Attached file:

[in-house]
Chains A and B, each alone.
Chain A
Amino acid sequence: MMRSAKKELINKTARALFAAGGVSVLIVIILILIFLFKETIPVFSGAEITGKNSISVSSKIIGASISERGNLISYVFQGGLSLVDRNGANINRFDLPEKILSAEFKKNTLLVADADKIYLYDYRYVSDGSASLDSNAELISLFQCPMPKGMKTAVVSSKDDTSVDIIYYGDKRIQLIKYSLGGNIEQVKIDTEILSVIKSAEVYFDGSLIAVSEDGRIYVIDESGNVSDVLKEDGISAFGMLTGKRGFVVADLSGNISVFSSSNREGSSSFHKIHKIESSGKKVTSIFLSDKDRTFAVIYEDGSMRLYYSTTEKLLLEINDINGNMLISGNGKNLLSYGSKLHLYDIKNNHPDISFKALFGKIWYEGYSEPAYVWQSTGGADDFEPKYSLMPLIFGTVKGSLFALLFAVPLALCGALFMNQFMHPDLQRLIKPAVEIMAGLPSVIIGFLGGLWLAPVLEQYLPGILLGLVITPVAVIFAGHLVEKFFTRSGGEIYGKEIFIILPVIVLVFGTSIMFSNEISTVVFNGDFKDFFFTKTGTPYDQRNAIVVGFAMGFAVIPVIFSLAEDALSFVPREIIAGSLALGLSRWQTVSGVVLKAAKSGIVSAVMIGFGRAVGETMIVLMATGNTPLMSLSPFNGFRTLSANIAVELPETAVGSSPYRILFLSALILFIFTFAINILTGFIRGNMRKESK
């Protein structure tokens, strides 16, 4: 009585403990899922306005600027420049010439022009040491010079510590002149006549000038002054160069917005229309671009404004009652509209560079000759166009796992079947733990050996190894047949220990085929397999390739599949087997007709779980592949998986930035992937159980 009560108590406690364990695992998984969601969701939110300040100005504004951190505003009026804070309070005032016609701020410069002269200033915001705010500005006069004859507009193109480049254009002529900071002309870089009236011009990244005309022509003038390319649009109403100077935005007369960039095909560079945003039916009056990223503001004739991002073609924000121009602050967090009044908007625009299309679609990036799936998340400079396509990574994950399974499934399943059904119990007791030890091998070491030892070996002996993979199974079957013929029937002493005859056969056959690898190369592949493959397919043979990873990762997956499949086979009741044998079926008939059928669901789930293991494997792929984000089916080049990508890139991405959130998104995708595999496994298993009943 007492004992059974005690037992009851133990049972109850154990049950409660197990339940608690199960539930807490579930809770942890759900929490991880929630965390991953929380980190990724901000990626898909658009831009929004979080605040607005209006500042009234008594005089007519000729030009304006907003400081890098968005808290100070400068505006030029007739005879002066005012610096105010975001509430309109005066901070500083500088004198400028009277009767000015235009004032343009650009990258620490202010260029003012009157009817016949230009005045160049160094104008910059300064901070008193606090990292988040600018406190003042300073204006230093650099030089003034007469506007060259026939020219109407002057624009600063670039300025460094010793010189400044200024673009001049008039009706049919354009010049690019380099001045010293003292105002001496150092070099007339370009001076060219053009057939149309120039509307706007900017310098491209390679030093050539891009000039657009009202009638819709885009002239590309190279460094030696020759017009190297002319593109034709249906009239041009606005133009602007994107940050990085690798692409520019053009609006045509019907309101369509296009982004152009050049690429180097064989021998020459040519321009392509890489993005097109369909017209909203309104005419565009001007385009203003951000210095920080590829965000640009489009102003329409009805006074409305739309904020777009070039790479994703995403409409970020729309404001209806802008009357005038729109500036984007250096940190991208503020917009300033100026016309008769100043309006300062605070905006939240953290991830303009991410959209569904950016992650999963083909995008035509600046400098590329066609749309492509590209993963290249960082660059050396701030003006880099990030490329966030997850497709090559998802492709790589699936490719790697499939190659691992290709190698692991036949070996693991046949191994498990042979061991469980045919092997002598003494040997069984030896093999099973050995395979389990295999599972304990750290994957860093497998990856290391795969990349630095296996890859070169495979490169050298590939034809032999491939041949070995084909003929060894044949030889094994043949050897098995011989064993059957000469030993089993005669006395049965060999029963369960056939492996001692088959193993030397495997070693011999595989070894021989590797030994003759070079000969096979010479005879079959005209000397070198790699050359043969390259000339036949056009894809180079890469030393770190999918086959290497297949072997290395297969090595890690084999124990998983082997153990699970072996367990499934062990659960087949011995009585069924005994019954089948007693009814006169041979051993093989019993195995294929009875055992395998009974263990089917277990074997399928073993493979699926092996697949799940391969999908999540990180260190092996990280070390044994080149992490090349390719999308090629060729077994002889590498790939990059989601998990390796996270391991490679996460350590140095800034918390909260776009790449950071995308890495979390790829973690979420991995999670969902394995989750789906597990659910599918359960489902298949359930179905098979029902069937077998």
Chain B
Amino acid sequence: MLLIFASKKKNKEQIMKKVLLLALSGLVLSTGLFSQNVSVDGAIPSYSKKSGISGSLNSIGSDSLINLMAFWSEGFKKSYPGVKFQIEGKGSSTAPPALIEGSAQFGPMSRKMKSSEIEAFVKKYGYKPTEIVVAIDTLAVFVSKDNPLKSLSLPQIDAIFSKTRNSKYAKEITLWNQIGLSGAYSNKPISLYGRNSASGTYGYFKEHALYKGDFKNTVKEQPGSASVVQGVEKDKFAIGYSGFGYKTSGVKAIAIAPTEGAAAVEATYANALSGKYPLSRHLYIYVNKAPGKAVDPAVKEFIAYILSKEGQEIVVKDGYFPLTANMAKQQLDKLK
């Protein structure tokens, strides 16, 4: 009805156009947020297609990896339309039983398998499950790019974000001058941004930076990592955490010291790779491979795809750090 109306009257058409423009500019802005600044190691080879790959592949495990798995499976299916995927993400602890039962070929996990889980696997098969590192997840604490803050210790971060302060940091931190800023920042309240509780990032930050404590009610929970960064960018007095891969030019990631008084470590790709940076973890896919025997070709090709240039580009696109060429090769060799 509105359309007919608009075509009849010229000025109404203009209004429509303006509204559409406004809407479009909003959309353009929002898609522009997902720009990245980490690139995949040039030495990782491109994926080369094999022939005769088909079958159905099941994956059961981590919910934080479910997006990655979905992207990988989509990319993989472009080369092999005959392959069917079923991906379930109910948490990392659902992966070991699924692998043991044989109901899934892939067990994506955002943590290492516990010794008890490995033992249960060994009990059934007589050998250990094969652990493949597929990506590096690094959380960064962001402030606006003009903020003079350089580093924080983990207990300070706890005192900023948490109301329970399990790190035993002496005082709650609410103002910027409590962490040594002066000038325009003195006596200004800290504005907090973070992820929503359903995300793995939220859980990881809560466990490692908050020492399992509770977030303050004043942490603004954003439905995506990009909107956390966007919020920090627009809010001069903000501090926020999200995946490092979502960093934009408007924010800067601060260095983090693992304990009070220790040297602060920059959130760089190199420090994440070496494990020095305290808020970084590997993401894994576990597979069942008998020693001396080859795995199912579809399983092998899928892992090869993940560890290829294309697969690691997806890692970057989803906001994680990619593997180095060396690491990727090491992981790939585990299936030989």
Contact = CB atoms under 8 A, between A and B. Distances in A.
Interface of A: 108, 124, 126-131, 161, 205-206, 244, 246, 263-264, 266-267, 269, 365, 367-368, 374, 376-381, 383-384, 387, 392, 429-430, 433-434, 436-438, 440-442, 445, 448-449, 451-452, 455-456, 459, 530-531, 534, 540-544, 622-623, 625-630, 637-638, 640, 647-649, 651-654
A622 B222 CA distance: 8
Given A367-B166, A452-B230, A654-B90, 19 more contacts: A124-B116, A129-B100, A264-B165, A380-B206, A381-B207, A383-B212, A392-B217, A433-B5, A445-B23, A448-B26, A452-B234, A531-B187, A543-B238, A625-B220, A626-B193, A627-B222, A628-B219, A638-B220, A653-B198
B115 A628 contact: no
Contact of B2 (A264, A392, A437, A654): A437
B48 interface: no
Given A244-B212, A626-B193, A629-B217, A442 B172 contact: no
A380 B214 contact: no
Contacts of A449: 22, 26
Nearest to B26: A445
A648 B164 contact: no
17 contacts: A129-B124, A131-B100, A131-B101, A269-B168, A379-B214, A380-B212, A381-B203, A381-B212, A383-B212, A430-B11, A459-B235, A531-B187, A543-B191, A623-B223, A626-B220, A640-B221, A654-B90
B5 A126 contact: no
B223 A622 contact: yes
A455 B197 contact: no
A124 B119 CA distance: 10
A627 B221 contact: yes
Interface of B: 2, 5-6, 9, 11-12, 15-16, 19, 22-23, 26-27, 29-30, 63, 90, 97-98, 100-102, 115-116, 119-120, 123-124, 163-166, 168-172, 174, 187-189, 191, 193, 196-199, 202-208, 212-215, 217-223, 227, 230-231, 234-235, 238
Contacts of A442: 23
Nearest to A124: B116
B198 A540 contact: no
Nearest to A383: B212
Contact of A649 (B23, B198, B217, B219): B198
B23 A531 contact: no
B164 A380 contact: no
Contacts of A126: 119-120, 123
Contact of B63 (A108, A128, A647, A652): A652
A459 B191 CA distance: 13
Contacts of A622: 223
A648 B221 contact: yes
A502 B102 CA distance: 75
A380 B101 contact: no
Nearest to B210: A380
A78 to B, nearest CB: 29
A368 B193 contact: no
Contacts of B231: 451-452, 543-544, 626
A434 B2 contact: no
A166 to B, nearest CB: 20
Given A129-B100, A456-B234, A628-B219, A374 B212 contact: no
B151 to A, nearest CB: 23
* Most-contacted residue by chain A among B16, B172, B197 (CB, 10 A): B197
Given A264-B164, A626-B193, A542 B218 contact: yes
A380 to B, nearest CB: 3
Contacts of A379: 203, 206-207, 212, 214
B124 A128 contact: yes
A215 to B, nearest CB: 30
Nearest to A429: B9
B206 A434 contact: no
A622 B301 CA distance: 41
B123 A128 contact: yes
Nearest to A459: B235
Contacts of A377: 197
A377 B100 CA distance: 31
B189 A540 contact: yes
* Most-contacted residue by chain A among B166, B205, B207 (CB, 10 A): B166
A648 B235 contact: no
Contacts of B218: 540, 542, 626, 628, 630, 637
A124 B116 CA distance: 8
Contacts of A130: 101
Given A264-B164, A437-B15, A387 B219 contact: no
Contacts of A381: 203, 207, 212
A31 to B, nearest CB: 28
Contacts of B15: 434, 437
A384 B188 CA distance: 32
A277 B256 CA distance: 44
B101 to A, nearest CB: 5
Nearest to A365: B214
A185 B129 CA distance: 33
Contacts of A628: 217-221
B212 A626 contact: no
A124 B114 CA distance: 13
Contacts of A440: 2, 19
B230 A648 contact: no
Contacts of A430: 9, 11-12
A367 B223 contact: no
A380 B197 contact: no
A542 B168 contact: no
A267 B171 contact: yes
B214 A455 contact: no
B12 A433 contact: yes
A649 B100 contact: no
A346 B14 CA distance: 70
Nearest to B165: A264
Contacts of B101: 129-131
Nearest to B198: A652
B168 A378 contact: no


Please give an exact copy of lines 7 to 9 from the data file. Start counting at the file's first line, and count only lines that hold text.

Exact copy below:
Amino acid sequence: MLLIFASKKKNKEQIMKKVLLLALSGLVLSTGLFSQNVSVDGAIPSYSKKSGISGSLNSIGSDSLINLMAFWSEGFKKSYPGVKFQIEGKGSSTAPPALIEGSAQFGPMSRKMKSSEIEAFVKKYGYKPTEIVVAIDTLAVFVSKDNPLKSLSLPQIDAIFSKTRNSKYAKEITLWNQIGLSGAYSNKPISLYGRNSASGTYGYFKEHALYKGDFKNTVKEQPGSASVVQGVEKDKFAIGYSGFGYKTSGVKAIAIAPTEGAAAVEATYANALSGKYPLSRHLYIYVNKAPGKAVDPAVKEFIAYILSKEGQEIVVKDGYFPLTANMAKQQLDKLK
């Protein structure tokens, strides 16, 4: 009805156009947020297609990896339309039983398998499950790019974000001058941004930076990592955490010291790779491979795809750090 109306009257058409423009500019802005600044190691080879790959592949495990798995499976299916995927993400602890039962070929996990889980696997098969590192997840604490803050210790971060302060940091931190800023920042309240509780990032930050404590009610929970960064960018007095891969030019990631008084470590790709940076973890896919025997070709090709240039580009696109060429090769060799 509105359309007919608009075509009849010229000025109404203009209004429509303006509204559409406004809407479009909003959309353009929002898609522009997902720009990245980490690139995949040039030495990782491109994926080369094999022939005769088909079958159905099941994956059961981590919910934080479910997006990655979905992207990988989509990319993989472009080369092999005959392959069917079923991906379930109910948490990392659902992966070991699924692998043991044989109901899934892939067990994506955002943590290492516990010794008890490995033992249960060994009990059934007589050998250990094969652990493949597929990506590096690094959380960064962001402030606006003009903020003079350089580093924080983990207990300070706890005192900023948490109301329970399990790190035993002496005082709650609410103002910027409590962490040594002066000038325009003195006596200004800290504005907090973070992820929503359903995300793995939220859980990881809560466990490692908050020492399992509770977030303050004043942490603004954003439905995506990009909107956390966007919020920090627009809010001069903000501090926020999200995946490092979502960093934009408007924010800067601060260095983090693992304990009070220790040297602060920059959130760089190199420090994440070496494990020095305290808020970084590997993401894994576990597979069942008998020693001396080859795995199912579809399983092998899928892992090869993940560890290829294309697969690691997806890692970057989803906001994680990619593997180095060396690491990727090491992981790939585990299936030989």
Contact = CB atoms under 8 A, between A and B. Distances in A.